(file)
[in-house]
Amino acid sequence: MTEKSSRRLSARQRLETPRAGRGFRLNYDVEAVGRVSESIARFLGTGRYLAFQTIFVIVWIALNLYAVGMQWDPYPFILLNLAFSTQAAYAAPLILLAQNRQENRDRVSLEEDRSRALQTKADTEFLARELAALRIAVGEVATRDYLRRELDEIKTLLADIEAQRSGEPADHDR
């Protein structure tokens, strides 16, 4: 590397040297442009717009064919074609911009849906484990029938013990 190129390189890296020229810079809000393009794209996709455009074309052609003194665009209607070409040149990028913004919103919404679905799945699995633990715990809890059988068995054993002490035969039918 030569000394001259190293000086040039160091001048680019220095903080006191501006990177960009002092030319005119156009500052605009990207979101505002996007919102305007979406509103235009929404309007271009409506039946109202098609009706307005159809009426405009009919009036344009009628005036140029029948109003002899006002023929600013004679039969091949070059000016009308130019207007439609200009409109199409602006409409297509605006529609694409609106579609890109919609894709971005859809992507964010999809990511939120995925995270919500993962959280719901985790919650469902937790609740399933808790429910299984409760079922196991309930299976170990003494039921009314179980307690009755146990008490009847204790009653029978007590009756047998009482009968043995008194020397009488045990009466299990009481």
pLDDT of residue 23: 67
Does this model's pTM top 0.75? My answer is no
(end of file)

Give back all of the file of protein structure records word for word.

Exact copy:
[in-house]
Amino acid sequence: MTEKSSRRLSARQRLETPRAGRGFRLNYDVEAVGRVSESIARFLGTGRYLAFQTIFVIVWIALNLYAVGMQWDPYPFILLNLAFSTQAAYAAPLILLAQNRQENRDRVSLEEDRSRALQTKADTEFLARELAALRIAVGEVATRDYLRRELDEIKTLLADIEAQRSGEPADHDR
């Protein structure tokens, strides 16, 4: 590397040297442009717009064919074609911009849906484990029938013990 190129390189890296020229810079809000393009794209996709455009074309052609003194665009209607070409040149990028913004919103919404679905799945699995633990715990809890059988068995054993002490035969039918 030569000394001259190293000086040039160091001048680019220095903080006191501006990177960009002092030319005119156009500052605009990207979101505002996007919102305007979406509103235009929404309007271009409506039946109202098609009706307005159809009426405009009919009036344009009628005036140029029948109003002899006002023929600013004679039969091949070059000016009308130019207007439609200009409109199409602006409409297509605006529609694409609106579609890109919609894709971005859809992507964010999809990511939120995925995270919500993962959280719901985790919650469902937790609740399933808790429910299984409760079922196991309930299976170990003494039921009314179980307690009755146990008490009847204790009653029978007590009756047998009482009968043995008194020397009488045990009466299990009481």
pLDDT of residue 23: 67
Does this model's pTM top 0.75? My answer is no